Are we edging toward a cliff or are we getting pushed to one? Or is there no cliff at all and we’re all suffering PTSD from 2008?
These are the questions from the daily deathwatch on the economy. We have heard the tolling for years – “booms can’t boom this long” – but the warning bells are eye-twitchingly loud these days.
Certainly, the two-year Treasury rate rising above the 10-year is capturing most of the attention. That focus makes sense because that inversion last reared its snarling head in 2007.
How important is that? Well, of course, all sorts of people are saying that this inverted yield curve preceded every recession since World War II. OK, not so much saying that as screaming it from the rooftops.
And if the doomsayers think that is significant, then the 30-year Treasury rate might have them jumping off the roof. It just hit its lowest rate ever, 2.018%, and likely to drop further.
That is all well and good but what does The Federal Reserve look at for as its main economic indicator? That would be the 10-year and three-month rate relationship – and that has been inverted since May.
The obvious concern is that those rates are gauges of how people feel about the long-term health of the economy. That apprehension can set up a self-fulfilling prophecy loop and prompt a recession. But for the past several years, the latest terrifying indicator has just been fodder for headlines. Is this one different?
No. The equities markets are likely to bounce up in the near term and we will just resume counting down the days before pumpkin spice lattes come back to Starbucks. (It’s early this year – trust us, people really care about this.)
Or maybe it is in fact the end of the world. That’s the thing – we’re going to be right one of these days.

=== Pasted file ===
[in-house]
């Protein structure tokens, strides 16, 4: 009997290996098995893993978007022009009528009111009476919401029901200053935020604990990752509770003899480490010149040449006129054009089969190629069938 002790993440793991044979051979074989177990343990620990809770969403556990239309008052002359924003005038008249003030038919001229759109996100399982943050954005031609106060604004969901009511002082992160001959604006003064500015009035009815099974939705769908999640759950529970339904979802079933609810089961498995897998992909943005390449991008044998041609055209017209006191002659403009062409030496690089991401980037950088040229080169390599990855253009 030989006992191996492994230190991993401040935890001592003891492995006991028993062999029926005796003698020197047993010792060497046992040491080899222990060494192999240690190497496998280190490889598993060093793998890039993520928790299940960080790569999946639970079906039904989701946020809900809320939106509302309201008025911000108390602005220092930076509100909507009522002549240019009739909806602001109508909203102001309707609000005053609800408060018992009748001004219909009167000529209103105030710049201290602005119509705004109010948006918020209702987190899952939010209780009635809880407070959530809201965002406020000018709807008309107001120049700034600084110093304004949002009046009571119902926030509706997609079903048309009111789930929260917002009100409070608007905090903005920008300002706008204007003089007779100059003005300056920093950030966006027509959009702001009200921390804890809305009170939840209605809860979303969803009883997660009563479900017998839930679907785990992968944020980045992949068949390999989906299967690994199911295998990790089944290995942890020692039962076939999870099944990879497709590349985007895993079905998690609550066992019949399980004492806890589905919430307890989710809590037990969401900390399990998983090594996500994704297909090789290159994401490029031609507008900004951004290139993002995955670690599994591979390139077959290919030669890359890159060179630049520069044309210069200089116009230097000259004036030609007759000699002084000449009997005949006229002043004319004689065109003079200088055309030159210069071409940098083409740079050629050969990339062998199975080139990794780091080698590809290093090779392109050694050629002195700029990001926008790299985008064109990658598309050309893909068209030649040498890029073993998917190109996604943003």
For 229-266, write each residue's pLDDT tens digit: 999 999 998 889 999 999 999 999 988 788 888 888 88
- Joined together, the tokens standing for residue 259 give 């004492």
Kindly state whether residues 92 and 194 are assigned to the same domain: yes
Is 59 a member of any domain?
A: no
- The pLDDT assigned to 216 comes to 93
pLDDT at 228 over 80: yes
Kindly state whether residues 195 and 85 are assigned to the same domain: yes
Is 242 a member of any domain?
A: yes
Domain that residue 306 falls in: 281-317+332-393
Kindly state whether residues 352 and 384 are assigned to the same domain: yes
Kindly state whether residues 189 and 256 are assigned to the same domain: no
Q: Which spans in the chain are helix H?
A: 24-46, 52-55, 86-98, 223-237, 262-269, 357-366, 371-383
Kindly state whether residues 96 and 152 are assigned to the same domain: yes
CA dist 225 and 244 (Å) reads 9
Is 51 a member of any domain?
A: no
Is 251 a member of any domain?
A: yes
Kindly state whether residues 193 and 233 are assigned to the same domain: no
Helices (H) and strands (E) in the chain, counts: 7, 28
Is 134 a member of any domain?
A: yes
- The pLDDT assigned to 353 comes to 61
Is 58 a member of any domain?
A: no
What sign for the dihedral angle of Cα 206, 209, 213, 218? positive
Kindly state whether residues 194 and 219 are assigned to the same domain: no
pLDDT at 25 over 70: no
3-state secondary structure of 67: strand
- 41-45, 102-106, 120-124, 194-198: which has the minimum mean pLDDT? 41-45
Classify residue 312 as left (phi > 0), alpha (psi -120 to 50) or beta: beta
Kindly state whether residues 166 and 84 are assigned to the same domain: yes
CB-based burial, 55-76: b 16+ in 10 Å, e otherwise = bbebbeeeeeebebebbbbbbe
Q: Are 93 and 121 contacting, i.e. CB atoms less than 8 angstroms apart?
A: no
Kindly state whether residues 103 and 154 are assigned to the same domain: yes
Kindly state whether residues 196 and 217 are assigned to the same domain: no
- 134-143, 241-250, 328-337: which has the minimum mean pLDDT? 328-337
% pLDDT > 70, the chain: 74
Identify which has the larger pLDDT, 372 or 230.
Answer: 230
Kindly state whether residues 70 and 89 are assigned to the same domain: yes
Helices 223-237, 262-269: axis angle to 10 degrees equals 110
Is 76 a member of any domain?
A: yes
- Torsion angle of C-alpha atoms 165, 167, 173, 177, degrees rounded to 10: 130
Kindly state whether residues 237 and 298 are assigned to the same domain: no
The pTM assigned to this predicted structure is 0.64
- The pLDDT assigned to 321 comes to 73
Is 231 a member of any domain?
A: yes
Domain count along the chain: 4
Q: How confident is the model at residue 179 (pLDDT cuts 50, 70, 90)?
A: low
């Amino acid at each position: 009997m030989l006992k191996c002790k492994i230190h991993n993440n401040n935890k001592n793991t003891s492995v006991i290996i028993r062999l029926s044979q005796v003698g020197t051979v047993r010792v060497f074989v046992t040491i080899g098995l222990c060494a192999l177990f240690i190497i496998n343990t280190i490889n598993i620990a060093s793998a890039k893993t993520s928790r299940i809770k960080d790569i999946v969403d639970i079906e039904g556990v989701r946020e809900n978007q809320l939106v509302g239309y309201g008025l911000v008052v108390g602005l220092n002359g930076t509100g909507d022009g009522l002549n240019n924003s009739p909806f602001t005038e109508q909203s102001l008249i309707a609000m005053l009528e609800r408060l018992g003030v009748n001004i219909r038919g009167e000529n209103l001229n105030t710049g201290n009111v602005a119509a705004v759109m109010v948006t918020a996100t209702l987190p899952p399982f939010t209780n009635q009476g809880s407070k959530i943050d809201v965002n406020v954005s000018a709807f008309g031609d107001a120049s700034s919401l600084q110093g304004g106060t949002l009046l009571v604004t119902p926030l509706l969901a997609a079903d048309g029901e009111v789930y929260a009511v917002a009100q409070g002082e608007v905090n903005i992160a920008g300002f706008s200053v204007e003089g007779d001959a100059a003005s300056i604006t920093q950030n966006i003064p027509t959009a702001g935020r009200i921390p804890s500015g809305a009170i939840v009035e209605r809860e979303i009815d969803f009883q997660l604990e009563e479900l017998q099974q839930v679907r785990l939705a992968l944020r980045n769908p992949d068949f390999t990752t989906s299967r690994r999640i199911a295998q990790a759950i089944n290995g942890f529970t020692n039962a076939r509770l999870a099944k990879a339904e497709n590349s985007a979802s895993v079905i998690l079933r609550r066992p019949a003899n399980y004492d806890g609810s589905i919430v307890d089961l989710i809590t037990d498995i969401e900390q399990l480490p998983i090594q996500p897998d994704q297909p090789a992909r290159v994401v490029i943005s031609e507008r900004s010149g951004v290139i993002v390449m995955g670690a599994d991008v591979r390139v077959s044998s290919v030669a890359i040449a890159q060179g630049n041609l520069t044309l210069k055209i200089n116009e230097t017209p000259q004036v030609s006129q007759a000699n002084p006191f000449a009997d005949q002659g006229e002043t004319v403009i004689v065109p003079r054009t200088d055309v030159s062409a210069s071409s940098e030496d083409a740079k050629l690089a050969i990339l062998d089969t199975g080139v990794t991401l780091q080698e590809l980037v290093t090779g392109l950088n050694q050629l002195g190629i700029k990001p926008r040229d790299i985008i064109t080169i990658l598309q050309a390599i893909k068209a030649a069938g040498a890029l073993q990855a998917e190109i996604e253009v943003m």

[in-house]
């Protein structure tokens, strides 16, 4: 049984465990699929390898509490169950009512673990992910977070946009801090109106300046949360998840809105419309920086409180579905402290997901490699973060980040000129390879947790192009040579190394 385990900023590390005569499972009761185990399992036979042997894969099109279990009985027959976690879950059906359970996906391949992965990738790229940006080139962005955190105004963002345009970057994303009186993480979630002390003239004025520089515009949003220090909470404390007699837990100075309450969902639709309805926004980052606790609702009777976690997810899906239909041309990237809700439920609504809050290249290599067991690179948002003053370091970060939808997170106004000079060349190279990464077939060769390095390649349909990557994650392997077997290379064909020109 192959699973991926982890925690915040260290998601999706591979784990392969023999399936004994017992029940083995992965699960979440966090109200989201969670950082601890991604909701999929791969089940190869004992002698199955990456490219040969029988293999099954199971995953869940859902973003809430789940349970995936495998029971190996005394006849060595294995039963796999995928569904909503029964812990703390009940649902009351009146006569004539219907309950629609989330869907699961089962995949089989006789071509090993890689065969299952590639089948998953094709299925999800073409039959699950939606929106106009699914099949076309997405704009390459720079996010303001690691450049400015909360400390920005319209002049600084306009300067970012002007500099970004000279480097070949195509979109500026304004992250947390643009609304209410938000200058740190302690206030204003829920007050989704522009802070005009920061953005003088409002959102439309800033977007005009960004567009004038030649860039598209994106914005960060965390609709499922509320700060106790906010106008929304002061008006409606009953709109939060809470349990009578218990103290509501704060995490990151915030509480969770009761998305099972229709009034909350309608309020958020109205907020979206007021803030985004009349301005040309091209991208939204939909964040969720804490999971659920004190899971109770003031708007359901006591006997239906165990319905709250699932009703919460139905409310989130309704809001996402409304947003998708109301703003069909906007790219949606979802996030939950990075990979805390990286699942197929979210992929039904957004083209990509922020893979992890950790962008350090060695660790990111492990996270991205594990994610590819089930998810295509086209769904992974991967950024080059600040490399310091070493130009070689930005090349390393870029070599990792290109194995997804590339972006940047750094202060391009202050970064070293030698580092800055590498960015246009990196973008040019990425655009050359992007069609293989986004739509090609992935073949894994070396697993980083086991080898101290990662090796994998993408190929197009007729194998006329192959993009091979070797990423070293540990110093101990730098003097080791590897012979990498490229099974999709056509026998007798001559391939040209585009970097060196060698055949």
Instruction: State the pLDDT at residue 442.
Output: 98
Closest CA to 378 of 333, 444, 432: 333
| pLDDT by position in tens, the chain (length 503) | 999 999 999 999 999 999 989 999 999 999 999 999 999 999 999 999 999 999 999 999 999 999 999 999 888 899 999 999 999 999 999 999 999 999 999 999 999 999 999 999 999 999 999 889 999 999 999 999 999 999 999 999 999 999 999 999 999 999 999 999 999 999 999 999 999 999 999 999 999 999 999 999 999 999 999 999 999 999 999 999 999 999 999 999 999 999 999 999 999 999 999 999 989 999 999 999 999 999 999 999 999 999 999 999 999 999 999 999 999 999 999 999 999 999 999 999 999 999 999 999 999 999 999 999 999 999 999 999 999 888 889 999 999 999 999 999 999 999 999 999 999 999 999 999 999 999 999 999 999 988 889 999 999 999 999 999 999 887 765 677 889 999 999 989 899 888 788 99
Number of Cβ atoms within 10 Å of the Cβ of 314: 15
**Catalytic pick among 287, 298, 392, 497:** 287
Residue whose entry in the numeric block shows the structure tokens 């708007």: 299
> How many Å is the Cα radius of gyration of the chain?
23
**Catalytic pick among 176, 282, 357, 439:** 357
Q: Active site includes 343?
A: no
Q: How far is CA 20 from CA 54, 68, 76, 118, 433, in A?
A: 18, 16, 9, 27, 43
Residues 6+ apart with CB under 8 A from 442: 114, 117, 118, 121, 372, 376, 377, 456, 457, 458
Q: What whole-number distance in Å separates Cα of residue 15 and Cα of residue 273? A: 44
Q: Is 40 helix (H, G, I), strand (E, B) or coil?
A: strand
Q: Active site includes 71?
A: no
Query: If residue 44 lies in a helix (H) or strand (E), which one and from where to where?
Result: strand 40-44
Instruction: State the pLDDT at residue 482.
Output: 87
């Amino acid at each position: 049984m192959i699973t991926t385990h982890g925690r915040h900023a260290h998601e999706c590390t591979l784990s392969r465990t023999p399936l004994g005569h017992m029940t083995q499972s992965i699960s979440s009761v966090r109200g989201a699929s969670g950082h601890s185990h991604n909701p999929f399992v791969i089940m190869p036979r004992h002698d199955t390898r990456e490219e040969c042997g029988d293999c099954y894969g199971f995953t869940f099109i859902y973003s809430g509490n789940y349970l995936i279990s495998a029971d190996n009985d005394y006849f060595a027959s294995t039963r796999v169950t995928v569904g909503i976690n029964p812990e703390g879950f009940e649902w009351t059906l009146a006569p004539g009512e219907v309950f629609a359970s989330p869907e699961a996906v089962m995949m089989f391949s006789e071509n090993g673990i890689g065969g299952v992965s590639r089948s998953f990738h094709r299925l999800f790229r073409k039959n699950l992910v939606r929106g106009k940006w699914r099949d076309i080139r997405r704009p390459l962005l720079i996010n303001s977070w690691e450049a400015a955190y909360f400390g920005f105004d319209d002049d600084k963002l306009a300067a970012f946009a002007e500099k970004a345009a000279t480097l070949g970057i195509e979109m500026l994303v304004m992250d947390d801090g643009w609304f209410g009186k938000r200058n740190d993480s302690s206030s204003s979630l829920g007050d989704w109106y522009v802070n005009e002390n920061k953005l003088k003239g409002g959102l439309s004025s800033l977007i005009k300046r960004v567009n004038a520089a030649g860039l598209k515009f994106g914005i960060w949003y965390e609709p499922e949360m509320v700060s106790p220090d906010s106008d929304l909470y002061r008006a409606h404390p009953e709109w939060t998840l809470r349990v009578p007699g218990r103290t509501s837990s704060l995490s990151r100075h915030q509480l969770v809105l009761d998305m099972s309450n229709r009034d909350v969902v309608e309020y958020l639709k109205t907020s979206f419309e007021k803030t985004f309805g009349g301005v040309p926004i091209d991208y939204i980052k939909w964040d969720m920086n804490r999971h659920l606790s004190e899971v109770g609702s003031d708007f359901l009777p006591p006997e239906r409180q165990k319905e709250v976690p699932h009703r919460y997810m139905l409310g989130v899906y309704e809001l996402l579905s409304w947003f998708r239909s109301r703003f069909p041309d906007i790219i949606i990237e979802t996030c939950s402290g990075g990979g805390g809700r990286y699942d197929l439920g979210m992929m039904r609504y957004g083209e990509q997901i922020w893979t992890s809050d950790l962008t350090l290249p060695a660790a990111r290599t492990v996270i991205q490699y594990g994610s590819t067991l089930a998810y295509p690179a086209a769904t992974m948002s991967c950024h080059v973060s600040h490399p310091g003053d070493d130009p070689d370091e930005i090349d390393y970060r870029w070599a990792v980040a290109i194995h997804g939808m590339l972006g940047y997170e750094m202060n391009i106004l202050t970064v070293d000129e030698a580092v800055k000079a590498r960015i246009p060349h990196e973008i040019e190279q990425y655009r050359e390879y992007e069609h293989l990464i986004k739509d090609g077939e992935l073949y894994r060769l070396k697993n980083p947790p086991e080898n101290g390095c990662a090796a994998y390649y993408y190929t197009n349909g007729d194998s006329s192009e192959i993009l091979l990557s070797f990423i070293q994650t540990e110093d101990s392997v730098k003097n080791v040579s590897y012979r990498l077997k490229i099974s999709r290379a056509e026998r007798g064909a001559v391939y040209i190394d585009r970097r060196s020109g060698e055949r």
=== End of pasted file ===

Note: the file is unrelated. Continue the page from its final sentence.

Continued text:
We could just sign off here, but allow us to depress you even more. Here are some indicators that have us a bit anxious:
- Mortgage debt just broke a record high set in 2008.
- The New York Fed called the housing market “anemic” in a report this week.
- Consumer debt is at a record high, and consumers are buckling under the weight.
- China’s economy is slowing down.
- But isn’t the U.S. GDP doing great? Not so great, actually.
- But we have low unemployment! Where are those jobs though? Manufacturing might already be in a recession. Rural areas are not sharing in the happy times.
What does this all add up to? A precarious position. We can’t ever see the threshold of a recession as we cross it. Generally speaking, it’s only after we have had two consecutive quarters of contraction that we can call one. And then we can only guess what caused it.
Obviously, the housing bubble was the culprit in 2008. But we have asset bubbles all the time.
Plenty of pundits say that we have a stock market bubble, a real estate bubble and MarketWatch even declared an “Everything Bubble.”
Something always pops bubbles. We don’t know precisely what the needle was in 2008 (although we might have a pet theory that it was the gas price shock of 2007).
At the moment, we do have a perfect villain – tariffs. They are often blamed for precipitating The Great Depression. Most of us learned about the Smoot-Hawley Tariff of 1930 and how it deepened a recession into a depression.
But that tariff was only the last boot kick of the 1920s. Although that decade was remembered as the Roaring Twenties, the U.S. had regressive policies that set the stage for economic collapse.
For example, few know about the Fordney-McCumber Tariff of 1922, which made it difficult for governments to pay for post-World War I reconstruction and reparations. The Smoot-Hawley Tariff just sealed the deal.
In present day, we of course have renewed tariffs and a deepening trade war with China, which is rippling around the world.
Germany, the powerhouse of Europe, is already in recession, according to the two-quarter definintion. A Danish bank just introduced the world’s first mortgage with negative interest rates. That’s right – you pay back less than you borrow.
The last time we had crazy financial events was 2008, when we would have a new shock every day.
So, are we at the edge of a cliff? Maybe we have already jumped and just don’t realize it yet.
Steven A. Morelli is editor-in-chief for InsuranceNewsNet. He has more than 25 years of experience as a reporter and editor for newspapers and magazines. He was also vice president of communications for an insurance agents’ association. Steve can be reached at firstname.lastname@example.org.
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